Could Amazon Fire TV be used as a Cable TV Alternative?

Amazon Instant Video is not Enough.
What Else Can Amazon Fire TV do?

Amazon Fire TV

The greatest weapon in a cord cutter’s arsenal is a video streaming device. For those of you that don’t know;  a video streaming device enables you access video streaming services like Amazon Prime, Netflix, Hulu, and HBO GO.

A Video Streaming box (media set-top box) should provide access to video content from every source available – including over-the-air broadcasting. It should offer a user friendly interface for easy searching and navigation, and it should prioritize content options based on price and video quality. Jumping from show to show or movie to  movie, should be as easy as changing Channels on a standard Cable TV remote control. Most importantly a set top box should take advantage of free broadcast TV, record it for you via a DVR, and should always route users towards the most cost effective way to enjoy the shows they love.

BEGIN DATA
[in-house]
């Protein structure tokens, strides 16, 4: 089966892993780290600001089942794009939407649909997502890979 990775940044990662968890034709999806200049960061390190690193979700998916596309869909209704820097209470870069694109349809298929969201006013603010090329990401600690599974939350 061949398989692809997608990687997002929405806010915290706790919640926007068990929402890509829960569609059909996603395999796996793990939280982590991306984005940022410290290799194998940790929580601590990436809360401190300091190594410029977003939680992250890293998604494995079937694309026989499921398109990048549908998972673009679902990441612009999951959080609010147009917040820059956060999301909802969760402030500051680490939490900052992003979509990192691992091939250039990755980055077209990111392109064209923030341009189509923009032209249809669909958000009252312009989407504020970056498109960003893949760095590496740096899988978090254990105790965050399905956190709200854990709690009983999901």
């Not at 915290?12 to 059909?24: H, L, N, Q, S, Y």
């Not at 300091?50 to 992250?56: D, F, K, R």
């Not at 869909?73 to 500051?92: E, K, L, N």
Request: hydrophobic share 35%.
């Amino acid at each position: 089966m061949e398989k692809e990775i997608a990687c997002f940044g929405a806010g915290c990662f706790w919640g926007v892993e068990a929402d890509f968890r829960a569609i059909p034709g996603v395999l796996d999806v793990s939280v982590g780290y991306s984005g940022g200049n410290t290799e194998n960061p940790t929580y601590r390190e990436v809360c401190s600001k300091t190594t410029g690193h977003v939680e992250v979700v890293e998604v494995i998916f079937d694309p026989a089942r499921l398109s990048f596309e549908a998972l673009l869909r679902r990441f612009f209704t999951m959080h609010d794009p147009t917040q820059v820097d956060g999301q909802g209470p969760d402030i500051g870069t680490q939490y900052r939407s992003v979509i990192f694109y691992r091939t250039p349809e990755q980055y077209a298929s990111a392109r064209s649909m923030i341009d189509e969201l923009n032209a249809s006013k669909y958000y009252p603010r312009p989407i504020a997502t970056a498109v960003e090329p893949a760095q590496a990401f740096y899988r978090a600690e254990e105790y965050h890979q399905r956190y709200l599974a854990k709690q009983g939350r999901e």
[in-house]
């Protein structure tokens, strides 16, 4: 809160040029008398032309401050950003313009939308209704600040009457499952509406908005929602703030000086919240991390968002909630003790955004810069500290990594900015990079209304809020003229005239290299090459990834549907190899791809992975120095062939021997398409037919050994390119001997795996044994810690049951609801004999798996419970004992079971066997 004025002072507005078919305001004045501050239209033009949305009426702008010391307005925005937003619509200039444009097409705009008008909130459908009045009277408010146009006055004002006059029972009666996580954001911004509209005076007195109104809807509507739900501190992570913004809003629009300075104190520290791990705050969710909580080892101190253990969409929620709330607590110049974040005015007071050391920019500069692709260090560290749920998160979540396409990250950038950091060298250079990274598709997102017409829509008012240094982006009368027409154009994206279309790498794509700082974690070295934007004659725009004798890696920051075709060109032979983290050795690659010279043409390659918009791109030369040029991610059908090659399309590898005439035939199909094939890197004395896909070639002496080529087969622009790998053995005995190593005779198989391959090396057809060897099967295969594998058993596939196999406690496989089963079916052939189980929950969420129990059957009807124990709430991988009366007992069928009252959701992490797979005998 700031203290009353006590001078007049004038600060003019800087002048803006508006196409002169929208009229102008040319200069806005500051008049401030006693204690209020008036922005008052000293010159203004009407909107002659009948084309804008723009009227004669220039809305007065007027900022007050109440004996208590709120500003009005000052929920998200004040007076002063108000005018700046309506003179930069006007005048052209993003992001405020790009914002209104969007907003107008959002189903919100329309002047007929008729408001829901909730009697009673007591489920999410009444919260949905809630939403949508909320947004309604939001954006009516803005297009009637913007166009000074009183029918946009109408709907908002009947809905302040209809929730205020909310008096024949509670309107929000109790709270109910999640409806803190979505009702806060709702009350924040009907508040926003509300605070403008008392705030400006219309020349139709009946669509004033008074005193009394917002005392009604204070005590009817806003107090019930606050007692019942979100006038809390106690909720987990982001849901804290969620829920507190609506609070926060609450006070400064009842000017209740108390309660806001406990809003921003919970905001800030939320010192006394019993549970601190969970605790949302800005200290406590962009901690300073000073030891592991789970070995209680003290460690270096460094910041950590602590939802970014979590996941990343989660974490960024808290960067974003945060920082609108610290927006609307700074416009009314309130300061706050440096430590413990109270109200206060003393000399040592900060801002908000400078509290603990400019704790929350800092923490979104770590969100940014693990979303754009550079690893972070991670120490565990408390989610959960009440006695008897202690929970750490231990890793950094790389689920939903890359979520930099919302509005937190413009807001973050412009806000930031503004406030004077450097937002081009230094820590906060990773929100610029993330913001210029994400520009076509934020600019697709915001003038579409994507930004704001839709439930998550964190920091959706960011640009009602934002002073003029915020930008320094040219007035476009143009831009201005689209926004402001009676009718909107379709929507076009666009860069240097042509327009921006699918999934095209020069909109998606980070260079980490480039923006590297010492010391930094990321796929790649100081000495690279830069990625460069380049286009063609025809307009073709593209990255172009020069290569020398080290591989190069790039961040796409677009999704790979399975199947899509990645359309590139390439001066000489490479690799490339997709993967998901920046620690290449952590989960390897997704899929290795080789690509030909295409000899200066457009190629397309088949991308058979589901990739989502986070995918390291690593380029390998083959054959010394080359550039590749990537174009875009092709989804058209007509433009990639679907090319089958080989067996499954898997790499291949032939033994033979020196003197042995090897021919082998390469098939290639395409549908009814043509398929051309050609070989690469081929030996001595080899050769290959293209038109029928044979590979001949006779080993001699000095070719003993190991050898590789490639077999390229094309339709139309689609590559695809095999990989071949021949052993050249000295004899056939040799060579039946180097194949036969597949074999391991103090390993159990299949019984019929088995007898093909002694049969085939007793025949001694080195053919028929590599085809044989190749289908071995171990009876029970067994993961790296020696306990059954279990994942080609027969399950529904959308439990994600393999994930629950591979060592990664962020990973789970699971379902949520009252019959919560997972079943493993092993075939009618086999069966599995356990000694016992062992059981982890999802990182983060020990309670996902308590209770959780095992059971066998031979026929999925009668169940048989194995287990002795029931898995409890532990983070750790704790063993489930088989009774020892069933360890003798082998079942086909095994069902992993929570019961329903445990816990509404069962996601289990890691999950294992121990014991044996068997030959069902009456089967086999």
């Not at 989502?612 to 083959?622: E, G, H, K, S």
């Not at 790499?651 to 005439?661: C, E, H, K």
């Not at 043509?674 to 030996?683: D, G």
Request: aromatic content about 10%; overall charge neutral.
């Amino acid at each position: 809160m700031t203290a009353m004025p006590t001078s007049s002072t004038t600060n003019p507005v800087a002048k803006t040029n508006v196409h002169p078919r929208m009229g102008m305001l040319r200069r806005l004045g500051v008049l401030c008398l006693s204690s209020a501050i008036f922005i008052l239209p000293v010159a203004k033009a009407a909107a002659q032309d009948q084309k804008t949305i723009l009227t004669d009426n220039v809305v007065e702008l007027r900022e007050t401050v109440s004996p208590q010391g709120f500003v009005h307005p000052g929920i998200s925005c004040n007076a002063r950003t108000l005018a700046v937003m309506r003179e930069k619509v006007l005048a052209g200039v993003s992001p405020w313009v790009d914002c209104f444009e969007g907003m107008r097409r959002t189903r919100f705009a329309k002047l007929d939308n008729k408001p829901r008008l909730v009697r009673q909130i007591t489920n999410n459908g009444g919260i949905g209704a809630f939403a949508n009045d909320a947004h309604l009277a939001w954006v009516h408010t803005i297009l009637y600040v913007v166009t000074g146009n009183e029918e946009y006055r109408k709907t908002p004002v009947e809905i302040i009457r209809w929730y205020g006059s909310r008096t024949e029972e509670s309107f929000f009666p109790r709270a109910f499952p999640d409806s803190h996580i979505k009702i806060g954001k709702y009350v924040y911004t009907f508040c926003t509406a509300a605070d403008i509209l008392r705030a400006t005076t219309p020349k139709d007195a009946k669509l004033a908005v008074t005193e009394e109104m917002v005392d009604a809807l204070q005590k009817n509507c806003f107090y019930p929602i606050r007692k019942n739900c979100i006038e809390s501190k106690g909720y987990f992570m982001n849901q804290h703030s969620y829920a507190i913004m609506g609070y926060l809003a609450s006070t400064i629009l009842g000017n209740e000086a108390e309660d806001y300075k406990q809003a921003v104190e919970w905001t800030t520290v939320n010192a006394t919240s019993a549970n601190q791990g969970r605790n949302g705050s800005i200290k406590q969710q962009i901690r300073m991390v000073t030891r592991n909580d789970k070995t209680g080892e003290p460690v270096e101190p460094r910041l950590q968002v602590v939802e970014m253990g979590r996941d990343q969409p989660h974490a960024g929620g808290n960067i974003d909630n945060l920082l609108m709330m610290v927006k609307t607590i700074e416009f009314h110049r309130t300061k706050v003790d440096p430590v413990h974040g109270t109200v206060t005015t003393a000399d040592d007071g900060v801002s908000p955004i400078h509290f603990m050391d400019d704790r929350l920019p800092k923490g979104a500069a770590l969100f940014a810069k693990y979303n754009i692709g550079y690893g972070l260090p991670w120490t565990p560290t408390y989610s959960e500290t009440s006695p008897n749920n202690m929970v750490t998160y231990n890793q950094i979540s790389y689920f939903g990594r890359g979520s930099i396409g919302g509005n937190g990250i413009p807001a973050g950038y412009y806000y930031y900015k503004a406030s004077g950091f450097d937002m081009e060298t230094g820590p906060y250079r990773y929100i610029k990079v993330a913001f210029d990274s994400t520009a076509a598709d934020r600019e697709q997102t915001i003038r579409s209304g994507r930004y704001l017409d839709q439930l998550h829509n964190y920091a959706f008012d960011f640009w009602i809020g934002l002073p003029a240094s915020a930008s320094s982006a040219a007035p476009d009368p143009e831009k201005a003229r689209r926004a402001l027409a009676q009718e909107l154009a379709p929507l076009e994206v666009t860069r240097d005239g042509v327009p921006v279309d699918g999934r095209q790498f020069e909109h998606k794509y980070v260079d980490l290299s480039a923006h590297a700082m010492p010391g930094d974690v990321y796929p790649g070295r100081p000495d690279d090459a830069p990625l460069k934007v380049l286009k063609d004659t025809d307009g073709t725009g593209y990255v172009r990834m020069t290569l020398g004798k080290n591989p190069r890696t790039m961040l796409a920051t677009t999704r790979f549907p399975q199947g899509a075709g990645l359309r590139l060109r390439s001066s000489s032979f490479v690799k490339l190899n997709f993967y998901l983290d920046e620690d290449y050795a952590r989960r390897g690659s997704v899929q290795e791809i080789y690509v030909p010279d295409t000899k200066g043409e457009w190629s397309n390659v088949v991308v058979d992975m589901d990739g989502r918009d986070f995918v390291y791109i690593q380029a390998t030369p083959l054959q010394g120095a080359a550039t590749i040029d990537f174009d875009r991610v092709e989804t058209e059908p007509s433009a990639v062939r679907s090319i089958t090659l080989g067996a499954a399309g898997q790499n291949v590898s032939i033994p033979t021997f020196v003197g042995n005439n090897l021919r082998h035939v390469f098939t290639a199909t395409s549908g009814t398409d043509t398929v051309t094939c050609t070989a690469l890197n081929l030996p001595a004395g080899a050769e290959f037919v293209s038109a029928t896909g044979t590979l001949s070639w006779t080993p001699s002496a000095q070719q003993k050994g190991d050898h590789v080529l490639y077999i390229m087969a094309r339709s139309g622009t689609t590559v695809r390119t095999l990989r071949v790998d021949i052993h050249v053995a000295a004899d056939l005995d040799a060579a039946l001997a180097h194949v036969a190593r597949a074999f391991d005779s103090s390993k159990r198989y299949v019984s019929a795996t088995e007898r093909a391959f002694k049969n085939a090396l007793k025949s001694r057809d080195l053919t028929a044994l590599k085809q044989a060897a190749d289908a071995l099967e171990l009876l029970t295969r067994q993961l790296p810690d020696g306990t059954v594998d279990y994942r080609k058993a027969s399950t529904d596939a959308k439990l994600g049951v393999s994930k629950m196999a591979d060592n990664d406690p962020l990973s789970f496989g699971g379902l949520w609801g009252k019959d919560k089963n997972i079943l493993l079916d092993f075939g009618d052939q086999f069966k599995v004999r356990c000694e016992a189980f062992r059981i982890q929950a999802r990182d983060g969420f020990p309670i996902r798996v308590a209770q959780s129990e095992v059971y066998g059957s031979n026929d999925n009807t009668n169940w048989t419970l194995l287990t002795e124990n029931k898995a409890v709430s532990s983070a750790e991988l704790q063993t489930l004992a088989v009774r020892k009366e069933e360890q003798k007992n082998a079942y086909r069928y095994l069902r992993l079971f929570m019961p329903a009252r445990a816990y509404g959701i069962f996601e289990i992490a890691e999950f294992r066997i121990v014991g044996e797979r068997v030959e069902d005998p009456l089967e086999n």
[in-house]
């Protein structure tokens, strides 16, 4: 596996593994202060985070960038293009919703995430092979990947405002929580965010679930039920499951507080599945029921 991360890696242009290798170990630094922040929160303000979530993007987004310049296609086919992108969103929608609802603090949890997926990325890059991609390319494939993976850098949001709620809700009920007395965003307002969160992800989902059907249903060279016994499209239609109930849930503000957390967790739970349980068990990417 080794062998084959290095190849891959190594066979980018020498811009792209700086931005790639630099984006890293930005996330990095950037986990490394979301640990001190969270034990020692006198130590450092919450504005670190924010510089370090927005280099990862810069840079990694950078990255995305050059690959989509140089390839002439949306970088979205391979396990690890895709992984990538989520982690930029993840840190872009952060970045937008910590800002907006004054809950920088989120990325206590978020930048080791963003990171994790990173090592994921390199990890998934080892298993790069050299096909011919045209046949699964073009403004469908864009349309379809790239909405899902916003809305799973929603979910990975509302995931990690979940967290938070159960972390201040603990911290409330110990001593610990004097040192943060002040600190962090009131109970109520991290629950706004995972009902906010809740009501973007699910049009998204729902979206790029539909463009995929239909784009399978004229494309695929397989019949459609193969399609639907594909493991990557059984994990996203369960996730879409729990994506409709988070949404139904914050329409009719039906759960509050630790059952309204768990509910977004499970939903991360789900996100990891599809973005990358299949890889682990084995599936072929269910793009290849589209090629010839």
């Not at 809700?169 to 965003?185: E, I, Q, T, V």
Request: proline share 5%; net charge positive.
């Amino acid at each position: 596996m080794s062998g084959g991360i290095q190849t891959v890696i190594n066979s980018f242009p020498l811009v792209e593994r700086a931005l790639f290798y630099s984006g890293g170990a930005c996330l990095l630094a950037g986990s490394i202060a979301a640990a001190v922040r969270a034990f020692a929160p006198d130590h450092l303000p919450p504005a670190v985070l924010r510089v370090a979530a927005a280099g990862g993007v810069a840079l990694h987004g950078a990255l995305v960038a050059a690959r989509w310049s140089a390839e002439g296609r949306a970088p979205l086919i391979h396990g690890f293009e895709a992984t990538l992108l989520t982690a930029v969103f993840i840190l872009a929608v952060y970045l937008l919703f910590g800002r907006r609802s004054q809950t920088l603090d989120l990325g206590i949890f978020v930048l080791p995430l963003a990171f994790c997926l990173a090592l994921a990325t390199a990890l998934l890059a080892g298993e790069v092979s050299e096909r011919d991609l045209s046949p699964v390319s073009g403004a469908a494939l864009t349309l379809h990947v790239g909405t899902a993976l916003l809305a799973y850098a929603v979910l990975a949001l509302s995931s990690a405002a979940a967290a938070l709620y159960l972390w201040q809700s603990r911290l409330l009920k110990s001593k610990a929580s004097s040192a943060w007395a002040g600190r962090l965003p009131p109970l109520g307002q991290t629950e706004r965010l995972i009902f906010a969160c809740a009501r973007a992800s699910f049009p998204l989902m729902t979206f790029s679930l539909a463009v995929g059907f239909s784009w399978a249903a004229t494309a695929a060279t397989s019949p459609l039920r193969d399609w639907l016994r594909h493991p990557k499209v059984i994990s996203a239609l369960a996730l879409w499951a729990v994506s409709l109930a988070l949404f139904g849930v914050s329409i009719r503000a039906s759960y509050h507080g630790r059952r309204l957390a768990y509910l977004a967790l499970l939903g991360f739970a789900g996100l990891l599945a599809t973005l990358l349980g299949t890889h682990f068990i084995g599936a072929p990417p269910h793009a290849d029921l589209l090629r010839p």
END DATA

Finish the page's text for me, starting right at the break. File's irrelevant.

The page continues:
A Video Streaming box (media set-top box) should provide access to video content from every source available – including over-the-air broadcasting. It should offer a user friendly interface for easy searching and navigation, and it should prioritize content options based on price and video quality. Jumping from show to show or movie to  movie, should be as easy as changing channels on a standard Cable TV remote control. Most importantly a set top box should take advantage of free broadcast TV, record it for you via a DVR, and should always route users towards the most cost effective way to enjoy the shows they love.

In short a video streaming device should act as the foundation in which you build upon with streaming services and an OTA antenna. Let’s look at Amazon’s Fire TV video streamer and see how it matches up to these requirements.

Amazon released a new media set-top box called the Amazon Fire TV and a streaming stick called the Fire TV Stick. This video streaming box is an Internet-connected device that lets you watch video from services such as Netflix, Hulu, YouTube, Crackle and of course from Amazon Instant Video. The Amazon Fire also provides access to a handful of games as well. The Fire TV has less apps than Roku or Apple TV, with 180 apps in total, whereas Roku has some 1,200.